executed for each matching keycode.

       clear MODIFIERNAME
               This removes all entries in the modifier map for the given
               modifier, where valid name are: Shift, Lock, Control, Mod1,
               Mod2, Mod3, Mod4, and Mod5 (case does not matter in modifier
               names, although it does matter for all other names).  For
               example, ``clear Lock'' will remove all any keys that were
               bound to the shift lock modifier.

       add MODIFIERNAME = KEYSYMNAME ...
               This adds all keys containing the given keysyms to the
               indicated modifier map.  The keysym names are evaluated after
               all input expressions are read to make it easy to write
               expressions to swap keys (see the EXAMPLES section).

       remove MODIFIERNAME = KEYSYMNAME ...
               This removes all keys containing the given keysyms from the
               indicated modifier map.  Unlike add, the keysym names are
               evaluated as the line is read in.  This allows you to remove
               keys from a modifier without having to worry about whether or
               not they have been reassigned.

       pointer = default
               This sets the pointer map back to its default settings (button
               1 generates a code of 1, button 2 generates a 2, etc.).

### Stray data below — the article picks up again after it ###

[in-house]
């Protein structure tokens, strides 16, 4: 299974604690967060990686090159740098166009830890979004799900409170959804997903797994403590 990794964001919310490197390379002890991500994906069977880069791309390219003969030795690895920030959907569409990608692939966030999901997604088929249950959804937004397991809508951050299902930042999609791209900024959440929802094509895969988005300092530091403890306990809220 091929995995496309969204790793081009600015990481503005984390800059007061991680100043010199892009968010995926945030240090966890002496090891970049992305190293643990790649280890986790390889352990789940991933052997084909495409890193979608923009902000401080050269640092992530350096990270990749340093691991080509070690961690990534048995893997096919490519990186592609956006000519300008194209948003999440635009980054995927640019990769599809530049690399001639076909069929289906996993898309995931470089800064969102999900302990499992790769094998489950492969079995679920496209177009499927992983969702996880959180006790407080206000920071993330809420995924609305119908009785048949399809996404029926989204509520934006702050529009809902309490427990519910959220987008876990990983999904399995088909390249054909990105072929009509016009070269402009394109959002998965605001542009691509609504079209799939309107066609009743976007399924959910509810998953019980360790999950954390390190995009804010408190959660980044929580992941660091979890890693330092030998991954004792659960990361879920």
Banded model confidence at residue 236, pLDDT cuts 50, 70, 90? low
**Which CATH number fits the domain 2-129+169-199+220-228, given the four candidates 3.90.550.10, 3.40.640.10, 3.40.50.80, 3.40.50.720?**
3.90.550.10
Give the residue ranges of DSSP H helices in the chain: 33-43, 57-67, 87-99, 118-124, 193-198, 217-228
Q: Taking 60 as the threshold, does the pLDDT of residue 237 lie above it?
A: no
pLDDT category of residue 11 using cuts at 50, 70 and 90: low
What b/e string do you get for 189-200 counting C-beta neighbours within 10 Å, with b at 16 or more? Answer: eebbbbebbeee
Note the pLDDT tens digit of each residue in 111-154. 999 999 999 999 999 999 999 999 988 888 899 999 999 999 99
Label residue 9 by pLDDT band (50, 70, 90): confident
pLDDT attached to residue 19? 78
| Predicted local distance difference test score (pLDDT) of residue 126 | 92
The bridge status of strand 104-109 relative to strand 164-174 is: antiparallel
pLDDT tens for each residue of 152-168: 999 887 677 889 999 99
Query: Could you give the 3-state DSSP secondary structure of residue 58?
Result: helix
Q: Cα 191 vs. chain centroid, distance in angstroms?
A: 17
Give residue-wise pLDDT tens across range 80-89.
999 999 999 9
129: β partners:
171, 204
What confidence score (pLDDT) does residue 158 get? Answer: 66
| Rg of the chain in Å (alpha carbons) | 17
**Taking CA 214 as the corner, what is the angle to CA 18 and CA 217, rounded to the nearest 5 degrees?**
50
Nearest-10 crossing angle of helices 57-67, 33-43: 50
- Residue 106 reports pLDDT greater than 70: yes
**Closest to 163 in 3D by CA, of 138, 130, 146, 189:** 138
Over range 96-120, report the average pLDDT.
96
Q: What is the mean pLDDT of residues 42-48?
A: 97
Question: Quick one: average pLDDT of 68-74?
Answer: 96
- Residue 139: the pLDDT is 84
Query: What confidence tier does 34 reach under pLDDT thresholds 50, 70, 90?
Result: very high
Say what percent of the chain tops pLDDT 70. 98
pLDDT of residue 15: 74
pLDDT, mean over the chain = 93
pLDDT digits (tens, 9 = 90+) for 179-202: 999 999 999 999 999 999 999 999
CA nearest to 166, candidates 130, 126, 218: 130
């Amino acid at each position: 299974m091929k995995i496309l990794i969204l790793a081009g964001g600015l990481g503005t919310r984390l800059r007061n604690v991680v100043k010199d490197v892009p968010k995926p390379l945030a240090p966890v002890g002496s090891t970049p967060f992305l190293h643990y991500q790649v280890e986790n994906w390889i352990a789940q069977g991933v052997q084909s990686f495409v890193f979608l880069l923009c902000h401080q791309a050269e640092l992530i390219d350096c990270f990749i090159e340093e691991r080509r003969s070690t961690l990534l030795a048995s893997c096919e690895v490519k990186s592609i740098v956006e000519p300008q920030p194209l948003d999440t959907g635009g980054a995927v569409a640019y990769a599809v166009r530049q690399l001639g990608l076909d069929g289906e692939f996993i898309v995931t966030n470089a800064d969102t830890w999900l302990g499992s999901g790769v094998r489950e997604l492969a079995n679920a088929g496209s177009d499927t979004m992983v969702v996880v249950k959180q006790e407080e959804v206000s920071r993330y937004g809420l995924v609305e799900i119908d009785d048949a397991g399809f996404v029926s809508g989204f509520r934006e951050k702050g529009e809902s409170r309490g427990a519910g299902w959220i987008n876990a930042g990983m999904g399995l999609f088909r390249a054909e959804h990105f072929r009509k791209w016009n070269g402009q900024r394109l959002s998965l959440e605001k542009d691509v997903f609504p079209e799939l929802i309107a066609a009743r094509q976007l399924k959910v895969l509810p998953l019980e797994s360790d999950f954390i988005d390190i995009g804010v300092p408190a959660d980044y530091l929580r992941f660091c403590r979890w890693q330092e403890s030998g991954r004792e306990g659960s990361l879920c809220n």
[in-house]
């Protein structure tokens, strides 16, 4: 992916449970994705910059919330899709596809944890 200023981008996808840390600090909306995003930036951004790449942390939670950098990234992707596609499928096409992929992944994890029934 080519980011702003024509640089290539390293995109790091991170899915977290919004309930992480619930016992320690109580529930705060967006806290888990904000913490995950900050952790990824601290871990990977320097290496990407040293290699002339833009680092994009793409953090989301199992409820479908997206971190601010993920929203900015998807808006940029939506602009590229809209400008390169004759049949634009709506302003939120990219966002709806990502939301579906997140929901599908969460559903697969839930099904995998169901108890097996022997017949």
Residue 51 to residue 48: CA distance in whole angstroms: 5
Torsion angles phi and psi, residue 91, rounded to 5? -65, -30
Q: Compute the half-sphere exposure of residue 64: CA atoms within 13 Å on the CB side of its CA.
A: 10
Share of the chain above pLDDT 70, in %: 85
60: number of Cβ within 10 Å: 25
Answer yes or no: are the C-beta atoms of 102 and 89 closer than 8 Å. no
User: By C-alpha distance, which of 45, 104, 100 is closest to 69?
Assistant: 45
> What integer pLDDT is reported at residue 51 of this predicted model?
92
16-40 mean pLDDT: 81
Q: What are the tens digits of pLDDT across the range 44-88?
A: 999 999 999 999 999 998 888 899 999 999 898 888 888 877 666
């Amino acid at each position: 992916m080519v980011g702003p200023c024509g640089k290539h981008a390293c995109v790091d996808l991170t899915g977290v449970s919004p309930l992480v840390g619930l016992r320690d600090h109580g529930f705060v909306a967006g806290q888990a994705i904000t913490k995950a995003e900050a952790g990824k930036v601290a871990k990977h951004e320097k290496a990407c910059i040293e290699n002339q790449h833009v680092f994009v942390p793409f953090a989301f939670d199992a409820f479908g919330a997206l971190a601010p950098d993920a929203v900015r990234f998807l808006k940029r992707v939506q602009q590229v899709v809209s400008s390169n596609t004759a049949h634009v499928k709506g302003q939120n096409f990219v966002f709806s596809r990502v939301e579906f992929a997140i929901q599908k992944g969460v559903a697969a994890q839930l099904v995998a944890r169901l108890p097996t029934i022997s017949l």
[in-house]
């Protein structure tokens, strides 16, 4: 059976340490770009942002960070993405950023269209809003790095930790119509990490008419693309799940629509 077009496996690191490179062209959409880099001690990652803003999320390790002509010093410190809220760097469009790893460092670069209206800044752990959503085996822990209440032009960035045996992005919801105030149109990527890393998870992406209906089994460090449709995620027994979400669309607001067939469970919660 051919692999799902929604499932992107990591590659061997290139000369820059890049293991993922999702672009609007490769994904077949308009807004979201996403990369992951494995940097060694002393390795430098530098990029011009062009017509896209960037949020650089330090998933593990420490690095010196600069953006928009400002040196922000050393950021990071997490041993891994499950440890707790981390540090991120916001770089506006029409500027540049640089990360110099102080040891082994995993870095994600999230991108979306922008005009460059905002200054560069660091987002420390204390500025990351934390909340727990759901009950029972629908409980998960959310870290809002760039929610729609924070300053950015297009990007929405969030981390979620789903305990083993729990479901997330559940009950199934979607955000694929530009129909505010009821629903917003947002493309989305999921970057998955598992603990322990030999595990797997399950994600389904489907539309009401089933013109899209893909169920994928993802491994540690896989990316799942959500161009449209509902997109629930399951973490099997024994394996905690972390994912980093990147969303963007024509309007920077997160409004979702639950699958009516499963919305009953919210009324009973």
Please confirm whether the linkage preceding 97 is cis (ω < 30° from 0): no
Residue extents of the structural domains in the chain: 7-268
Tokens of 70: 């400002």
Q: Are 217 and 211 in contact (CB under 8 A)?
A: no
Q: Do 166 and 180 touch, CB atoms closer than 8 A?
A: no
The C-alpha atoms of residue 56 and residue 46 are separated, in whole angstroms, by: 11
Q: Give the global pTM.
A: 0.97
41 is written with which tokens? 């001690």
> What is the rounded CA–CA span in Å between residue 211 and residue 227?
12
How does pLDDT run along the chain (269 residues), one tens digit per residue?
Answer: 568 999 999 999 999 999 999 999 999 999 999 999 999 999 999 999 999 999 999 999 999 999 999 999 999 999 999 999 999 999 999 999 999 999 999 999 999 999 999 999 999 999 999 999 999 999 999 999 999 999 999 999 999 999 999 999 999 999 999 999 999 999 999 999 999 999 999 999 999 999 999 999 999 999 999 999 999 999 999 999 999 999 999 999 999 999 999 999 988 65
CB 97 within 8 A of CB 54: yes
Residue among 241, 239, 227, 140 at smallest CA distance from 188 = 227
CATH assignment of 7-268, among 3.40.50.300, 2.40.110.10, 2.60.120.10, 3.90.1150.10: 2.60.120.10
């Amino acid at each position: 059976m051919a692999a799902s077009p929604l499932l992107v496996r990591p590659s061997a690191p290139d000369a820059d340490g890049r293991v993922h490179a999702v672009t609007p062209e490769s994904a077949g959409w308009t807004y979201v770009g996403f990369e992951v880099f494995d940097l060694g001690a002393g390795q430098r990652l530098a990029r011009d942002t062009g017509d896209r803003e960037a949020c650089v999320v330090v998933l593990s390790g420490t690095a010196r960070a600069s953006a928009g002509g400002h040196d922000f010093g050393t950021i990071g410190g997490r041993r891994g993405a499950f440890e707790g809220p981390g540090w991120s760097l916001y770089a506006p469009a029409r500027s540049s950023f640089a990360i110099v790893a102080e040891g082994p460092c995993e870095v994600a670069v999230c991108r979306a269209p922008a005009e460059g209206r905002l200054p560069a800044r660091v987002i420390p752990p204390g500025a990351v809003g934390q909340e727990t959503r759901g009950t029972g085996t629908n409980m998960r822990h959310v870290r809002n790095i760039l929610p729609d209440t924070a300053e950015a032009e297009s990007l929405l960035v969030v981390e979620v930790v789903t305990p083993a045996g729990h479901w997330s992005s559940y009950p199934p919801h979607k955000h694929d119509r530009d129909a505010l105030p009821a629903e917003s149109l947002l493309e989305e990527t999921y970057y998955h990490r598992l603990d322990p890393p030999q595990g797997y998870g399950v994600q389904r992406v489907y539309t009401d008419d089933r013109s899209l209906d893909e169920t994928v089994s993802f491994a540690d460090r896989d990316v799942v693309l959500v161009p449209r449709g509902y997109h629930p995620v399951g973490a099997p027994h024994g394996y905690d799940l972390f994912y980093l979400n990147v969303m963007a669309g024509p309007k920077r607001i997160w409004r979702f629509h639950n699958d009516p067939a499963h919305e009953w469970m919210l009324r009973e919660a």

pointer = NUMBER ...
               This sets the pointer map to contain the indicated button
               codes.  The list always starts with the first physical button.

       Lines that begin with an exclamation point (!) are taken as comments.

       If you want to change the binding of a modifier key, you must also
       remove it from the appropriate modifier map.

EXAMPLES
       Many pointers are designed such that the first button is pressed using
       the index finger of the right hand.  People who are left-handed
       frequently find that it is more comfortable to reverse the button codes
       that get generated so that the primary button is pressed using the
       index finger of the left hand.  This could be done on a 3 button
       pointer as follows:
       %  xmodmap -e "pointer = 3 2 1"